Exactly how there was such a gap between reality -- the Big East is not just a bunch of no-offense bruisers anymore -- and the perception that the SEC was head and shoulders above, is hard to fathom.
"I was surprised at what people considered the perception of the league to be," Boston College Coach Al Skinner said. "I thought we were pretty well respected until I started reading stuff. Then when we beat N.C. State, everybody started talking about what a bad loss that was for N.C. State."
Thank a flawed RPI formula in part, and that Big East schools tend to play a lot of regional teams during the nonconference season.
But the truth is, it has been a long time since the heyday of the Big East, which reached its apex in 1985 when three of the Final Four teams -- Georgetown, St. John's and NCAA champion Villanova -- were from the league.
The Big East won two championships in the 1980s -- add Georgetown's 1984 title to Villanova's -- played for the title four other times, and put a total of eight teams in the Final Four during the decade.
In the 1990s, Syracuse lost to Kentucky in the 1996 title game, and Connecticut won the championship in 1999.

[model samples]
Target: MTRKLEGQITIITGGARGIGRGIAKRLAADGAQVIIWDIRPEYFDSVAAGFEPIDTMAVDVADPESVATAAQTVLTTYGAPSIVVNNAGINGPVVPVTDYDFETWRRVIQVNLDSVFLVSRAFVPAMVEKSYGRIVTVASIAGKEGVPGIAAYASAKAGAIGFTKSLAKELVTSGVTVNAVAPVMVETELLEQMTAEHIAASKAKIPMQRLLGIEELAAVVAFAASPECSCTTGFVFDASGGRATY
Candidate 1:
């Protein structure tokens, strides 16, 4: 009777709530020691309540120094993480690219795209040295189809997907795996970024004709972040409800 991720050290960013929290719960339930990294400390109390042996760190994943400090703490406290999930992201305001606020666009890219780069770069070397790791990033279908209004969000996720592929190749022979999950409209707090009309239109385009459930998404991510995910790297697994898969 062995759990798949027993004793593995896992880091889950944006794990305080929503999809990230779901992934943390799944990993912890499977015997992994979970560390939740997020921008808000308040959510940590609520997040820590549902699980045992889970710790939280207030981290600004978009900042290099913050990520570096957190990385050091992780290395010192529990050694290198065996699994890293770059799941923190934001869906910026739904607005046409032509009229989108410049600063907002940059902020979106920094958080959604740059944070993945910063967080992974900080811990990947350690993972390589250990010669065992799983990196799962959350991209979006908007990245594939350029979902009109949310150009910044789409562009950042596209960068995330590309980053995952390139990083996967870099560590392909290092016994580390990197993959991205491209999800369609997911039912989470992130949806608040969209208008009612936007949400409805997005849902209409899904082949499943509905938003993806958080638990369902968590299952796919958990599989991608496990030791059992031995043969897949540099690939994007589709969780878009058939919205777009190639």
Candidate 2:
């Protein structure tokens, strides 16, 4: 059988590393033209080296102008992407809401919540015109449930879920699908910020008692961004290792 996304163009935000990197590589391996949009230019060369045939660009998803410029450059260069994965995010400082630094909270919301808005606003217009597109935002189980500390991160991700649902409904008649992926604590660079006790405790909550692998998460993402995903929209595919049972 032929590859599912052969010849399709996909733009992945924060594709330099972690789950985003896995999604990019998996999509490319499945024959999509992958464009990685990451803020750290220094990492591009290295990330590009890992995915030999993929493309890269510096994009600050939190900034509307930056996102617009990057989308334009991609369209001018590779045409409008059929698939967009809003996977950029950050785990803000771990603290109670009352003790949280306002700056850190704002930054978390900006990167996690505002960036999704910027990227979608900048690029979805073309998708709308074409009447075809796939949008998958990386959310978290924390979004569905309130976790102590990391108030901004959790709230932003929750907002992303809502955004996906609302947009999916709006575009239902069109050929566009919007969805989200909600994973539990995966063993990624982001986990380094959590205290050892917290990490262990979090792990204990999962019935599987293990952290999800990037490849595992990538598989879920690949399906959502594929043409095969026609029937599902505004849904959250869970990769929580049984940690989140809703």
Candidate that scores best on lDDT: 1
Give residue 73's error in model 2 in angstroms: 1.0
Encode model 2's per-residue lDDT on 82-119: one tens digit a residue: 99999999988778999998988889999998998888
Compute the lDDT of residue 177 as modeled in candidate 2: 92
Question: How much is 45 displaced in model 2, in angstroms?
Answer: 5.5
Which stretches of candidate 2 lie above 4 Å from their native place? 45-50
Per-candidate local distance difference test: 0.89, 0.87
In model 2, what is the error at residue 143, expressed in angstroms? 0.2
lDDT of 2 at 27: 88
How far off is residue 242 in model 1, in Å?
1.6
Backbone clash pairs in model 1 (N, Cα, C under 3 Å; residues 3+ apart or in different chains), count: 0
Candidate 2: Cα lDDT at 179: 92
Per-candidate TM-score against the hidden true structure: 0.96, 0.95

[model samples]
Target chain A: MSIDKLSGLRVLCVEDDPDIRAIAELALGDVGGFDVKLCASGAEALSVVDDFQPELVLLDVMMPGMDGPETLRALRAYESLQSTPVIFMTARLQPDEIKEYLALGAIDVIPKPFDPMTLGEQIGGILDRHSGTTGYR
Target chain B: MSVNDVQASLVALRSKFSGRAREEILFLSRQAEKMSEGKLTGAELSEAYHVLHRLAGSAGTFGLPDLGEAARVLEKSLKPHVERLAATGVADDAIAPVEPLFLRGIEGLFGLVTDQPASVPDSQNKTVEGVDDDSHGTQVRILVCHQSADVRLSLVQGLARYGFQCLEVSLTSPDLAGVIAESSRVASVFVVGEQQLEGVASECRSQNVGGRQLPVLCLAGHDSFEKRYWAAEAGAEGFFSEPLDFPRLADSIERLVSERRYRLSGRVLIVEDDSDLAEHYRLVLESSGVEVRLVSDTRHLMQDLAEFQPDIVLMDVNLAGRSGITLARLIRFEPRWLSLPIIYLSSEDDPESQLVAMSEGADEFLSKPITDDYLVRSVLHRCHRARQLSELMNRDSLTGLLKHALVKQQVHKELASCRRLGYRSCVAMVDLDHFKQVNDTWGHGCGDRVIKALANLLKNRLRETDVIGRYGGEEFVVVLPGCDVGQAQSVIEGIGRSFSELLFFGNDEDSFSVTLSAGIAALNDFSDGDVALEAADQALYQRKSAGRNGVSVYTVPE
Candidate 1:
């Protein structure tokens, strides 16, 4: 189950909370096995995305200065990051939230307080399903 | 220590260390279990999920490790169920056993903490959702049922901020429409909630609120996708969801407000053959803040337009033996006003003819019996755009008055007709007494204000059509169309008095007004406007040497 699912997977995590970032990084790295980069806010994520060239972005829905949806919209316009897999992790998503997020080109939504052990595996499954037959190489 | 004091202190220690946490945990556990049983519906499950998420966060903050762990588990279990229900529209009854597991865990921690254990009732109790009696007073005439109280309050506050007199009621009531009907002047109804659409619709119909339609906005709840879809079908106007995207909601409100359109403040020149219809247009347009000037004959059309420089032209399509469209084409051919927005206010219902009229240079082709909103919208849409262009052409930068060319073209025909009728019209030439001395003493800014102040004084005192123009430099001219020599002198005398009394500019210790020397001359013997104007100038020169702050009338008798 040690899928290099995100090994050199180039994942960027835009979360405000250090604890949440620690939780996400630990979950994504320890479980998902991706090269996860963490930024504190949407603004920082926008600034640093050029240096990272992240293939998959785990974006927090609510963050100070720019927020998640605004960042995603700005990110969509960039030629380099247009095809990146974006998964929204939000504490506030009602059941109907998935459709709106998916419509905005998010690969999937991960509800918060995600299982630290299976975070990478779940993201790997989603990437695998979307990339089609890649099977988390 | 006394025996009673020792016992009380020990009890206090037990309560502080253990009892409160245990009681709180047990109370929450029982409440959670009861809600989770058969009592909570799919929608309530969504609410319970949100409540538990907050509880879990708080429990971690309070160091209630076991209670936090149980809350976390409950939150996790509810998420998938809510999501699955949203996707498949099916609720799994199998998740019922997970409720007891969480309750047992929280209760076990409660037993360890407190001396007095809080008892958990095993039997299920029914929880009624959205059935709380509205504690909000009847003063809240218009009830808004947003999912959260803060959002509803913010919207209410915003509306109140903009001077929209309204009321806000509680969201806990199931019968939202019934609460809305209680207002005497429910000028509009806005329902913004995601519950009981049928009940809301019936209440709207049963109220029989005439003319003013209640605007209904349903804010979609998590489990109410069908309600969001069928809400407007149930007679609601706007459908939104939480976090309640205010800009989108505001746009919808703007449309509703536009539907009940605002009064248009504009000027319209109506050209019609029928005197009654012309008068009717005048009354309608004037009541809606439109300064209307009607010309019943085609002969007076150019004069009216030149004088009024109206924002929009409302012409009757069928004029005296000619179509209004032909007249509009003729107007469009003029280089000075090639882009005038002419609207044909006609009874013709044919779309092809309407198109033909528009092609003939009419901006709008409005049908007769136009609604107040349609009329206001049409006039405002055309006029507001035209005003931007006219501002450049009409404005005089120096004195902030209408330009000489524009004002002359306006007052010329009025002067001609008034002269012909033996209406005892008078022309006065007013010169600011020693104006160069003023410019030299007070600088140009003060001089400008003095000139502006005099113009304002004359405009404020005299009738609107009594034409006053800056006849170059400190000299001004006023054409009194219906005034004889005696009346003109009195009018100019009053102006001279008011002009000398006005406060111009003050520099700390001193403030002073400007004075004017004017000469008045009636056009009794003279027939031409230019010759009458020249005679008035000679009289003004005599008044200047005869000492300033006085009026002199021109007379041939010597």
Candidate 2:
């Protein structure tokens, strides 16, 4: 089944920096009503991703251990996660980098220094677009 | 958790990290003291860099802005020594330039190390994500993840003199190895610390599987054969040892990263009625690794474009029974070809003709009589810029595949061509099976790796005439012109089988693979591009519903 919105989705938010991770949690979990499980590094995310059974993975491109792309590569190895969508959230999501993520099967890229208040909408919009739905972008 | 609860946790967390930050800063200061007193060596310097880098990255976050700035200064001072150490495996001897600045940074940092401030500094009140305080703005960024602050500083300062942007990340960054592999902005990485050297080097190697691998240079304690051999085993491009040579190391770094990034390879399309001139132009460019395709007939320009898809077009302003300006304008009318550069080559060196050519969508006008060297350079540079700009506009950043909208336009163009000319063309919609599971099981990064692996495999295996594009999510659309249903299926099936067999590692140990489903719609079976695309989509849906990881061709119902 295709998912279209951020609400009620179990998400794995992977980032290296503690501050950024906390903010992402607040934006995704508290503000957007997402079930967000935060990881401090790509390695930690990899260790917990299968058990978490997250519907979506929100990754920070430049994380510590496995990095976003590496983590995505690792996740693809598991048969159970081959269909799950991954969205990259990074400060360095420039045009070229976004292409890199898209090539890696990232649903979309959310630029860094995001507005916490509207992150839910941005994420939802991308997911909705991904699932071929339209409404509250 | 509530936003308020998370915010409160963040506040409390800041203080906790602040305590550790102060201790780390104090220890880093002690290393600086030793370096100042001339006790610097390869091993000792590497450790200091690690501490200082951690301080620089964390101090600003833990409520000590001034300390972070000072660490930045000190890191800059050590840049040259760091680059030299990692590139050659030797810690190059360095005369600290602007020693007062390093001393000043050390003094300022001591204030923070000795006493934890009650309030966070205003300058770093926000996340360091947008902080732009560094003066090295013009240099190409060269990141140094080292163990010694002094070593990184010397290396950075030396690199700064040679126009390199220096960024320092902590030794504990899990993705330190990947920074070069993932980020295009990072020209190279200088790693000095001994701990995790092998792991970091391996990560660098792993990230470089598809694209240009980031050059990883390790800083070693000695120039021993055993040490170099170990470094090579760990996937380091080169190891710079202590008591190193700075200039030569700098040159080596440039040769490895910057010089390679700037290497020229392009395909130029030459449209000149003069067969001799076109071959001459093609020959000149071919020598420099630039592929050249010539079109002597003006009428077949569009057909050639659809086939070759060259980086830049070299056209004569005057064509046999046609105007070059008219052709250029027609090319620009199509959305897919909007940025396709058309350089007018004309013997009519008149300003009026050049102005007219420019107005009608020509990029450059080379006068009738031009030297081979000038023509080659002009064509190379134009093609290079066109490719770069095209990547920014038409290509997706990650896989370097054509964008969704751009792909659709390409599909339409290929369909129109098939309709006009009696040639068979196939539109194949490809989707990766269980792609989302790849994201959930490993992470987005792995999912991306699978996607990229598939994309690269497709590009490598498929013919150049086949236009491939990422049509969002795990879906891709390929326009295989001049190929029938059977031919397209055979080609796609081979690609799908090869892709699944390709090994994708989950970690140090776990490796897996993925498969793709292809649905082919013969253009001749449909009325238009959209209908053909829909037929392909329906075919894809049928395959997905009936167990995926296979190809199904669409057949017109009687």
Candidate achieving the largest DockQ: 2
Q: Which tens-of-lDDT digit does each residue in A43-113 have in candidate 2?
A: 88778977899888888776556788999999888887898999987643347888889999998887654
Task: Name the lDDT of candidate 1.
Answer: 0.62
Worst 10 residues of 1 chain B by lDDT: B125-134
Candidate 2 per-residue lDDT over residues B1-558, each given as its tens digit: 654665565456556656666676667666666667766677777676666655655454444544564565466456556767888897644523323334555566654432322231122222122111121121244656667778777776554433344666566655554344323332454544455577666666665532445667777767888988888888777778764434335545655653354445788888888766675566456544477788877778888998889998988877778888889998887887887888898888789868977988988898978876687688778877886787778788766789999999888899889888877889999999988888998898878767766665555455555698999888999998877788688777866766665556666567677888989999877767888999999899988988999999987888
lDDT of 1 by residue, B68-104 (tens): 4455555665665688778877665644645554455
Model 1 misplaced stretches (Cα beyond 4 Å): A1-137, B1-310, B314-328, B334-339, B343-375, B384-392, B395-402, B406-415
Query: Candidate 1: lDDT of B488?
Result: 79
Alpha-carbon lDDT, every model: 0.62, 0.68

But since then, no Big East team has reached the Final Four.
Defense has always been part of the league's reputation, and it's clearly part of the reason the Big East is doing well now.
Connecticut, Pittsburgh and Syracuse all ranked in the top eight in the nation in defensive field goal percentage this season, holding teams to 39% or less.
"I think to win the national championship, you have to be very good defensively," Tranghese said. "That's why I happen to think Kentucky is the best team right now."
The Big East's defensive excellence comes in different packages.
Connecticut, led by Emeka Okafor, is the shot-blocking national champion.
Pittsburgh, with a superior on-ball defender in Julius Page and old-fashioned Big East brawn inside, makes teams work for every shot.
Syracuse does it with a zone that features 6-foot-6 Kueth Duany at shooting guard and 6-8 Carmelo Anthony at small forward, making it a difficult defense to shoot over.